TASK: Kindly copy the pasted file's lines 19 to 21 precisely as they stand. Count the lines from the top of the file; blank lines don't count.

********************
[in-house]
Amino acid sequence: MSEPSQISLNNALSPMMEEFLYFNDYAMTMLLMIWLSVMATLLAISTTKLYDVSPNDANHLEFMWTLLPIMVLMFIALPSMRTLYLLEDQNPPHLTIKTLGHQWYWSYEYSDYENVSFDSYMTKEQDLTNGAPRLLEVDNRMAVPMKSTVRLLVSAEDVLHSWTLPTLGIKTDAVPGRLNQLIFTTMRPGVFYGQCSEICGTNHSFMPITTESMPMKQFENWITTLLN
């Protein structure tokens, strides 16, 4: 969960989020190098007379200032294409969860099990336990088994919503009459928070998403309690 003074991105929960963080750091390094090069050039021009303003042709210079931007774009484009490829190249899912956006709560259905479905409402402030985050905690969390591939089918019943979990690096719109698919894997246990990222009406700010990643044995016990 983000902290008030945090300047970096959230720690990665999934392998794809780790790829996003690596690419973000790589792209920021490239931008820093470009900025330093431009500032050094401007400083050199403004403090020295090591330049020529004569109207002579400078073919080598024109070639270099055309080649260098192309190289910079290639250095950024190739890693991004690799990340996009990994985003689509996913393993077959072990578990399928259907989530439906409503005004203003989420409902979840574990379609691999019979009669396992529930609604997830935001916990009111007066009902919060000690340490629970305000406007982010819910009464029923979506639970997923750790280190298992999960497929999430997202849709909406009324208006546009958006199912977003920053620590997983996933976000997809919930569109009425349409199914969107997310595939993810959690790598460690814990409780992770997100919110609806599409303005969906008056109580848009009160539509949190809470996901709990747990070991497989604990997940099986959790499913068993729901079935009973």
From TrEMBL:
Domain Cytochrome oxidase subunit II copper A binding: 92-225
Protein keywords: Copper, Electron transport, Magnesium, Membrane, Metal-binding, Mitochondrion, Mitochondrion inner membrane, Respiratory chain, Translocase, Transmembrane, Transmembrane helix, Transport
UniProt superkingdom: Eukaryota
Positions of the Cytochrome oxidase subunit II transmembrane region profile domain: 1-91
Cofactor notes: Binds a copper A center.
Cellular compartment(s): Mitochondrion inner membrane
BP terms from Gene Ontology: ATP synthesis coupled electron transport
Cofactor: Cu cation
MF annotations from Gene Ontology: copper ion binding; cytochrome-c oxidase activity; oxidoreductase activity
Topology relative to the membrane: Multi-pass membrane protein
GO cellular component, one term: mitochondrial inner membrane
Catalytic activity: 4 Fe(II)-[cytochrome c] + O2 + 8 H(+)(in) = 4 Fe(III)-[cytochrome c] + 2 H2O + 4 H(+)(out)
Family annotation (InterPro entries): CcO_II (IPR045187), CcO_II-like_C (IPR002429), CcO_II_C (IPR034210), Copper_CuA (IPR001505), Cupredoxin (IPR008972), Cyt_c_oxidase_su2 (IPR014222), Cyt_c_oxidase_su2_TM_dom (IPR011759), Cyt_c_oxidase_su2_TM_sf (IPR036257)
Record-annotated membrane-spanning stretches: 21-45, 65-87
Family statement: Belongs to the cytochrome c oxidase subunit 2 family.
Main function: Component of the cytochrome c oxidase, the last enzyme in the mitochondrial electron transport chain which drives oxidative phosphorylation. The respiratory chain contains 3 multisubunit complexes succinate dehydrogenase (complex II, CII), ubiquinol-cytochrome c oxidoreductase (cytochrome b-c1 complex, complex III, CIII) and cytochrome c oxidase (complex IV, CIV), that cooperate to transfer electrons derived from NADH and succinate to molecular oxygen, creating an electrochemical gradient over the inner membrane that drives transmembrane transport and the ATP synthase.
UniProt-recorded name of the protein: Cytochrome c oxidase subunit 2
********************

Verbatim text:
Family statement: Belongs to the cytochrome c oxidase subunit 2 family.
Main function: Component of the cytochrome c oxidase, the last enzyme in the mitochondrial electron transport chain which drives oxidative phosphorylation. The respiratory chain contains 3 multisubunit complexes succinate dehydrogenase (complex II, CII), ubiquinol-cytochrome c oxidoreductase (cytochrome b-c1 complex, complex III, CIII) and cytochrome c oxidase (complex IV, CIV), that cooperate to transfer electrons derived from NADH and succinate to molecular oxygen, creating an electrochemical gradient over the inner membrane that drives transmembrane transport and the ATP synthase.
UniProt-recorded name of the protein: Cytochrome c oxidase subunit 2